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Mon November 29 2021

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Australasian rail projects face 70,000 shortfall in skilled staff

29 Nov 18 Rail projects in Australia and New Zealand face rising costs and delivery delays over the next 10 years because of critical shortage of skilled labour, a new report warns.

Peak construction of rail projects is projected for 2023
Peak construction of rail projects is projected for 2023

The fast-developing skilled labour crisis in the rail sector was outlined by BIS Oxford Economics in a report commissioned by the Australasian Railways Association. It warns that there may be workforce gaps of up to 70,000 people at the peak of construction.

CEO Danny Broad said: “The report is a call to action to government and industry. Immediate corrective action to fill skills gaps with fit-for-purpose training is needed to avoid these blow-outs. Investment of over $100 billion in rail projects by Australian governments over the next ten years, will be undermined by shortages of skilled labour that dramatically impact the construction of new rail systems, and our capacity to operate them.”

He said that the next 10 years will herald a renaissance of rail in Australia, with urban passenger projects such as the Melbourne and Sydney metros, Brisbane’s Cross River Rail, Perth’s Metronet and Inland Rail, which will provide direct freight link from Brisbane to Melbourne.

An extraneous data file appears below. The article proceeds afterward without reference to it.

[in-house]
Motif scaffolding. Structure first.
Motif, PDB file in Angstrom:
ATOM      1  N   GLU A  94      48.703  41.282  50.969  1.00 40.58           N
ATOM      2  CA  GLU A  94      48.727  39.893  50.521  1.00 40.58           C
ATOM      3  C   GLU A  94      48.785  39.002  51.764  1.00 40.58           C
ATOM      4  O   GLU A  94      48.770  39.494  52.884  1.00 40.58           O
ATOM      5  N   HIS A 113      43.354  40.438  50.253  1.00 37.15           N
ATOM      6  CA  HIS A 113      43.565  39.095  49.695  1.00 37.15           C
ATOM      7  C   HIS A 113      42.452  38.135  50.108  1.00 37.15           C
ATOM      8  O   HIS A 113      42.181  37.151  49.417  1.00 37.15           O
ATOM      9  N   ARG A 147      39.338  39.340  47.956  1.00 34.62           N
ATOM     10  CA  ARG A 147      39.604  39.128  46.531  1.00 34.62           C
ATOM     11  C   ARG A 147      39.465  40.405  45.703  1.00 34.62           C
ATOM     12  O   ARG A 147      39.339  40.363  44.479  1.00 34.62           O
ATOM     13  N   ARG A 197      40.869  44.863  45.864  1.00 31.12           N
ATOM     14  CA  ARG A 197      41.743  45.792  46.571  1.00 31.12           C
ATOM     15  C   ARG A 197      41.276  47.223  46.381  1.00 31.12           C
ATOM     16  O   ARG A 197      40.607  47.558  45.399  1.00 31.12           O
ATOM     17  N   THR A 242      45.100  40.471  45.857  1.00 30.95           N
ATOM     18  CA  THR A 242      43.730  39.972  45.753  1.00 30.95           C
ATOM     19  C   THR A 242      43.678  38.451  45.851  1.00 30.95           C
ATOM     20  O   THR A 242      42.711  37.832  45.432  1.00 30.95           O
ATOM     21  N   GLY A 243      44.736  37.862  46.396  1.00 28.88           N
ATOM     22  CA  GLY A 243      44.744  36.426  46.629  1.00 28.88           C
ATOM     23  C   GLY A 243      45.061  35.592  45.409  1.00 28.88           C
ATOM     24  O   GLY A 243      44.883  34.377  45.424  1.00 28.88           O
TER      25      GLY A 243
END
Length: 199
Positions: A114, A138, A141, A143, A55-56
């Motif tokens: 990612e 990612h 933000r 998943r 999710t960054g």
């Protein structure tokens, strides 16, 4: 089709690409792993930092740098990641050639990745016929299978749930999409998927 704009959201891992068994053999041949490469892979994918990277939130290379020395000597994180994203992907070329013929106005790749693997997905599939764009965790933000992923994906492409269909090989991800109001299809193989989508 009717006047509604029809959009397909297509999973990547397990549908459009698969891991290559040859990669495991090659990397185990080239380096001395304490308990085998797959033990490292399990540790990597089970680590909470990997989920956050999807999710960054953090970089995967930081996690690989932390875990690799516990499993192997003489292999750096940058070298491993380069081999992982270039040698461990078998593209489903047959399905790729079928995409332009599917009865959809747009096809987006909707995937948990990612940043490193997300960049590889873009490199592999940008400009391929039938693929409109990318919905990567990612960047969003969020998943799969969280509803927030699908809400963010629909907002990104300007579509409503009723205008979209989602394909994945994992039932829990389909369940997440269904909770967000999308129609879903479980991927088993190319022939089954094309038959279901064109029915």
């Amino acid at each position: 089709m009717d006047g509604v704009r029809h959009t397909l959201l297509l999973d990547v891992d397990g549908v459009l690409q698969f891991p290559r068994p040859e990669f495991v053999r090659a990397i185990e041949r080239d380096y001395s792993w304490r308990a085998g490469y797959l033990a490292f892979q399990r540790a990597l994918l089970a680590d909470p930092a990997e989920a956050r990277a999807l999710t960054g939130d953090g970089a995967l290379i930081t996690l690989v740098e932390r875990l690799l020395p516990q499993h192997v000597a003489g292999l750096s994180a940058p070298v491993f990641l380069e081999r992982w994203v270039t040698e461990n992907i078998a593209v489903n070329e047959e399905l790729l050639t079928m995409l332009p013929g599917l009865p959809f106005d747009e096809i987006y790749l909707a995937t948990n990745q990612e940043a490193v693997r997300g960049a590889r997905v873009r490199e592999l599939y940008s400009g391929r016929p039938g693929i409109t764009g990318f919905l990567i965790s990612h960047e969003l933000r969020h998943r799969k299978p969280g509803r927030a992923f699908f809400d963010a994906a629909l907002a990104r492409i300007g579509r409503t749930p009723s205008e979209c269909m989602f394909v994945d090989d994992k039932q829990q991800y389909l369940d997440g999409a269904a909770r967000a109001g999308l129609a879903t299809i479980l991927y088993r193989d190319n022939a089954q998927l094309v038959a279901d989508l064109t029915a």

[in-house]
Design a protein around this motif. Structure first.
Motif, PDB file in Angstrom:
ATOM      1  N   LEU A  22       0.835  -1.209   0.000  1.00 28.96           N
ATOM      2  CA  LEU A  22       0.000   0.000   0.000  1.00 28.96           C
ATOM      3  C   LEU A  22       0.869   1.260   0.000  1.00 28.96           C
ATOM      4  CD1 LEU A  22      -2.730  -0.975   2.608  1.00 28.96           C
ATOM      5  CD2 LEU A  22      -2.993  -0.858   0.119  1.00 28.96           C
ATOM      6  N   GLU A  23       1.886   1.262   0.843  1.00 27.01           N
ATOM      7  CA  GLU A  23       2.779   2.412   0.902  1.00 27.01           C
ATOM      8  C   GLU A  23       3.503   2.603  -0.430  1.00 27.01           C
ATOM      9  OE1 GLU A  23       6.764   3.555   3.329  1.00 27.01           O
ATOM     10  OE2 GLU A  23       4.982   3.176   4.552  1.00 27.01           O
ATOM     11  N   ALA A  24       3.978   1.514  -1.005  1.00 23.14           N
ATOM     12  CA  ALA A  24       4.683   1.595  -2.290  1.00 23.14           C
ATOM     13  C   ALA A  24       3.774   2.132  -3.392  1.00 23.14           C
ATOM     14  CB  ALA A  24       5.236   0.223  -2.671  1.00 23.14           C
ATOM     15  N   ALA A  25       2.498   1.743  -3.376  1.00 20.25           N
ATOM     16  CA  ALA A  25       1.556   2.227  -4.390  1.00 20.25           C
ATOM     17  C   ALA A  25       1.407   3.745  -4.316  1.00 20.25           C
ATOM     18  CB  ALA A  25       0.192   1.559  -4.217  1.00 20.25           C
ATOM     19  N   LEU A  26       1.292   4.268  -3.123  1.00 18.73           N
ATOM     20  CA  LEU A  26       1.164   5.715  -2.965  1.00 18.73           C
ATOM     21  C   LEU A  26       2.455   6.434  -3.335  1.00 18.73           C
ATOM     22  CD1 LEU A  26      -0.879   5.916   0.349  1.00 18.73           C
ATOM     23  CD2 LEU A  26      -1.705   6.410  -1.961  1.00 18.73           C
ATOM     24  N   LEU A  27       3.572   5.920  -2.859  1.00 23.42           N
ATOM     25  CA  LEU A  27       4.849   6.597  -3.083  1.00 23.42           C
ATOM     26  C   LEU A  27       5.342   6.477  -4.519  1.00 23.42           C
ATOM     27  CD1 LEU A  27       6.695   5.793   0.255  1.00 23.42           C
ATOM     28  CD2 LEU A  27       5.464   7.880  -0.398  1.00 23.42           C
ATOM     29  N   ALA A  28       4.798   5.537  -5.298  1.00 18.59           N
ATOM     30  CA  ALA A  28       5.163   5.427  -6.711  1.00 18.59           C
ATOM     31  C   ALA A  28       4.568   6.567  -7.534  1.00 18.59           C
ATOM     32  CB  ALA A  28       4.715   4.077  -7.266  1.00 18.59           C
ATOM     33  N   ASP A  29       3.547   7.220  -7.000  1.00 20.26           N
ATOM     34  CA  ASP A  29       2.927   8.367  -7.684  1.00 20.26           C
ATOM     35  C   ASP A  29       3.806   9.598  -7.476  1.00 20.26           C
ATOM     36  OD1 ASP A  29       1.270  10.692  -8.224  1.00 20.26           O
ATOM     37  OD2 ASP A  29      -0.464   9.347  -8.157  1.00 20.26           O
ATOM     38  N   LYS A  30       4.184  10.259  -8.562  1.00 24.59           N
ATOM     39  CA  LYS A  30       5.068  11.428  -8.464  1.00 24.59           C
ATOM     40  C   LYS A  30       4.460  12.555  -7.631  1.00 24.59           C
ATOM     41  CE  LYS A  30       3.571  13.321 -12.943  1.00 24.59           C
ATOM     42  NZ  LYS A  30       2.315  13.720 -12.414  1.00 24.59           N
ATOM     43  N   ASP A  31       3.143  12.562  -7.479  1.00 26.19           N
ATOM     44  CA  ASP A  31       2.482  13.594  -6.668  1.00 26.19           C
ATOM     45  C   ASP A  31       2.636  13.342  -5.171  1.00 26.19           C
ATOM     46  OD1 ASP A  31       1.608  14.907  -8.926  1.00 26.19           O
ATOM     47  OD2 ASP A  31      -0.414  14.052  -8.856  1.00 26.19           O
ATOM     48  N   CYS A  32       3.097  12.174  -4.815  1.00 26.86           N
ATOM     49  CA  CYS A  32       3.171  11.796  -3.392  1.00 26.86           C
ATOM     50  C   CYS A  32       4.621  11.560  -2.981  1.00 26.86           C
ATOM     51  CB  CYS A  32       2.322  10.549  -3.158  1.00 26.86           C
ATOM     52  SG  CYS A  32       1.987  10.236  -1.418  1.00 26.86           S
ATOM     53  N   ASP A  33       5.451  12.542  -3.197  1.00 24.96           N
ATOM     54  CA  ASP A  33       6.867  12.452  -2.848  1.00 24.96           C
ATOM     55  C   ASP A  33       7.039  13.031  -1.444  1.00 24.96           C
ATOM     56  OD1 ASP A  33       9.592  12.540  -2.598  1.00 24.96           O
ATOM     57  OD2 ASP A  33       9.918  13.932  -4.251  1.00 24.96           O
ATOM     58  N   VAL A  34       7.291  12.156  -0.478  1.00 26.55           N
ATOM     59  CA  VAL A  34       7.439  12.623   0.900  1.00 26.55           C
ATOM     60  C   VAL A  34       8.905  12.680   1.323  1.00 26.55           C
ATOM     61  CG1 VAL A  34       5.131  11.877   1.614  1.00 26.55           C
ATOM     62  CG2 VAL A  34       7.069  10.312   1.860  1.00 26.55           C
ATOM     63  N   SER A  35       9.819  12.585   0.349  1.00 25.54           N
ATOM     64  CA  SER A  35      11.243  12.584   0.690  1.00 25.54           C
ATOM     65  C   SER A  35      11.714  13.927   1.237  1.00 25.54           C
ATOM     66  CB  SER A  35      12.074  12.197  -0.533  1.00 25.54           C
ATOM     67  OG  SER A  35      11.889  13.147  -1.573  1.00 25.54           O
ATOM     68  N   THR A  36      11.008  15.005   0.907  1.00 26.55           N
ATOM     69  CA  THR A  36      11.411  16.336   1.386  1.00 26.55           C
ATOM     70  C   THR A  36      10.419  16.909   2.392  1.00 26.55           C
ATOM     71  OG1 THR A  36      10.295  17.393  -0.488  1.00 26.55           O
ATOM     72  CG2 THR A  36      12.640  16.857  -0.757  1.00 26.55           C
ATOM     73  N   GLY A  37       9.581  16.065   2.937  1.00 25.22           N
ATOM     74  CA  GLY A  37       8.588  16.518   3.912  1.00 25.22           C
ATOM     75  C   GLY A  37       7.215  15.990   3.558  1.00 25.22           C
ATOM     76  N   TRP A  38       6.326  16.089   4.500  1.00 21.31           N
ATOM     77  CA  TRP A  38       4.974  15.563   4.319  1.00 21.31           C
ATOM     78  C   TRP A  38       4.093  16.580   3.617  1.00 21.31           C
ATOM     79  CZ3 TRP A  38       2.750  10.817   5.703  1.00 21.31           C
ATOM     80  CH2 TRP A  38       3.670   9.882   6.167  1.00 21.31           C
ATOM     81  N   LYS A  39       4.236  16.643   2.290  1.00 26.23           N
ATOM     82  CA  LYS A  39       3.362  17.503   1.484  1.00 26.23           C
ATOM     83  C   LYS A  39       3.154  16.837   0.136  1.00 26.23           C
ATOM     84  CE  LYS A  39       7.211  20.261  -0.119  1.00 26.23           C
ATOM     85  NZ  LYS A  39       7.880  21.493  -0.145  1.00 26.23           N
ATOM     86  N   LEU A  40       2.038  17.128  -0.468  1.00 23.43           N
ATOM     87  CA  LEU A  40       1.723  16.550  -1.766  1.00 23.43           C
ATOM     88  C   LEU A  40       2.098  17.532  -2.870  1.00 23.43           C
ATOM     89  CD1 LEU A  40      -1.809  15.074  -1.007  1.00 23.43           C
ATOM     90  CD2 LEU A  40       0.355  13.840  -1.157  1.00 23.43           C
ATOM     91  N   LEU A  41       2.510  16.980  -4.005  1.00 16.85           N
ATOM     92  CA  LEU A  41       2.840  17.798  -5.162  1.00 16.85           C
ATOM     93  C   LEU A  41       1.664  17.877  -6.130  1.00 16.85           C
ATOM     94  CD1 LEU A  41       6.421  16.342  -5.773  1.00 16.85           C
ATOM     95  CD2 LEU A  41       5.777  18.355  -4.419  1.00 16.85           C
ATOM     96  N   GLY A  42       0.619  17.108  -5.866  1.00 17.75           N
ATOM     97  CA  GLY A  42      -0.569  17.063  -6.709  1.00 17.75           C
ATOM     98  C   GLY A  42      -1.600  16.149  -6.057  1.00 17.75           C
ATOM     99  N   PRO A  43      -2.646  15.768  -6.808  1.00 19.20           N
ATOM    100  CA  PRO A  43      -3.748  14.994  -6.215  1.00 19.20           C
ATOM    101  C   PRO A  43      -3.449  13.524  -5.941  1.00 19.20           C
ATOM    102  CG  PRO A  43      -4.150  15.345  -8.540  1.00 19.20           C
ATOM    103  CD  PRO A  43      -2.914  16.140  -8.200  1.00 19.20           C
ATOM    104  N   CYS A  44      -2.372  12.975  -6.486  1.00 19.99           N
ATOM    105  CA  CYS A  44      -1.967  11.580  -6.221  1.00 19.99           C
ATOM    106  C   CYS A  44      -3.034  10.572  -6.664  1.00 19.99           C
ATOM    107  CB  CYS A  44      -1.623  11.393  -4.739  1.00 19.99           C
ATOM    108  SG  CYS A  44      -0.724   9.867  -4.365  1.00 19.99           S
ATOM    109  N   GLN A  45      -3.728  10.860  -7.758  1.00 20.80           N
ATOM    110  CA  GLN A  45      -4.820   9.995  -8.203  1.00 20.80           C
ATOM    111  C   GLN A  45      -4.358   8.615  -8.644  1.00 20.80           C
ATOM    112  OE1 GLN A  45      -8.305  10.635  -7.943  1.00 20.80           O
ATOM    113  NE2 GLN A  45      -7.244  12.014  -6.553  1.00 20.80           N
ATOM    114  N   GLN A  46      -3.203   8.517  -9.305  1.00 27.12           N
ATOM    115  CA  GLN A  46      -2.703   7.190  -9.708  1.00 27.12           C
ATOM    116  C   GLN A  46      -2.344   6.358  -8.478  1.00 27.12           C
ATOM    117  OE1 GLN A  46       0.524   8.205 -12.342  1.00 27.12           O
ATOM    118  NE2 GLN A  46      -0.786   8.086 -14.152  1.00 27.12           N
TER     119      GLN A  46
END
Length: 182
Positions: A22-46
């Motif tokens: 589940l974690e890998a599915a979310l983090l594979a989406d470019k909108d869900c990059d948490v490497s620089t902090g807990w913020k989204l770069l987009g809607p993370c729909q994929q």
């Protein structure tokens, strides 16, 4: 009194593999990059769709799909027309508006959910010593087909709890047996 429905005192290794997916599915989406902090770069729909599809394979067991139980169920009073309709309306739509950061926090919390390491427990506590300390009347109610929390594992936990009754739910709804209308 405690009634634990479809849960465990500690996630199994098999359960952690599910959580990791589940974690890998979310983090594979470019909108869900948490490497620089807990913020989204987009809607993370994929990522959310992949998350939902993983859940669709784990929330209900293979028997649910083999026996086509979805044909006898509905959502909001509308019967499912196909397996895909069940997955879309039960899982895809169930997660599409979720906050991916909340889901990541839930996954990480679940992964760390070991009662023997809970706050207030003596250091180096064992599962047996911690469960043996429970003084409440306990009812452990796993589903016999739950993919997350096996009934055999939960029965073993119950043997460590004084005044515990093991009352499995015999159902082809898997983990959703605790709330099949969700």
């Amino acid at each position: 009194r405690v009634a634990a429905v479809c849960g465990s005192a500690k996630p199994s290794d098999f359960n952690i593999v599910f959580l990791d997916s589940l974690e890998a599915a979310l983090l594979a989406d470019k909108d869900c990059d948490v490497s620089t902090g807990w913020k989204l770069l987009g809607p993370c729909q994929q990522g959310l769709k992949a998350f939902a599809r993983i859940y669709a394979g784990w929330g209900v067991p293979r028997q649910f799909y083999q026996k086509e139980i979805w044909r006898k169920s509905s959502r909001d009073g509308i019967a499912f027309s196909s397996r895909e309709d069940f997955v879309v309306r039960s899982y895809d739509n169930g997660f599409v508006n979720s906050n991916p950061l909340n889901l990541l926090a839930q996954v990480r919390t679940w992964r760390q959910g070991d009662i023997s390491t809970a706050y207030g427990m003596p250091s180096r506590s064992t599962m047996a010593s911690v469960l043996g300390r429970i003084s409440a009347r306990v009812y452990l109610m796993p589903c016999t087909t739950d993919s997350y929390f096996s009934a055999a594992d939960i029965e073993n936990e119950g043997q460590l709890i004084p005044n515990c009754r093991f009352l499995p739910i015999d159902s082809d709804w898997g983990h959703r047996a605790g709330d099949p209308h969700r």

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“Unless we address shortages due to market failure, attrition, and unsuitable training arrangements, projects will blow out in terms of delivery and cost,” said Broad. “Modelling shows that in 2023, the peak of the construction phase, we may have workforce gaps of up to 70,000 people.”

The report recommends the establishment of a high-level taskforce of government, industry, and education providers with three-pronged focus:

  • facilitate the development and maintenance of an Australasian rail industry pipeline of rail projects to map skilled labour required across construction, manufacturing, operations and maintenance;
  • develop a national rail industry skills development strategy to drive reform in education and training systems and practices that increase the availability of required skills, their productivity, transferability, and mobility while retaining a commitment to quality and safety;
  • boost awareness and attraction of rail careers.  

The Australasian Railway Association engaged BIS Oxford Economics to undertake a workforce capability analysis for the rail industry based on planned and forecast rail infrastructure development in Australia and New Zealand over the next 10 years, with implications for a range of rail industry skills across construction, manufacturing, operations and maintenance.

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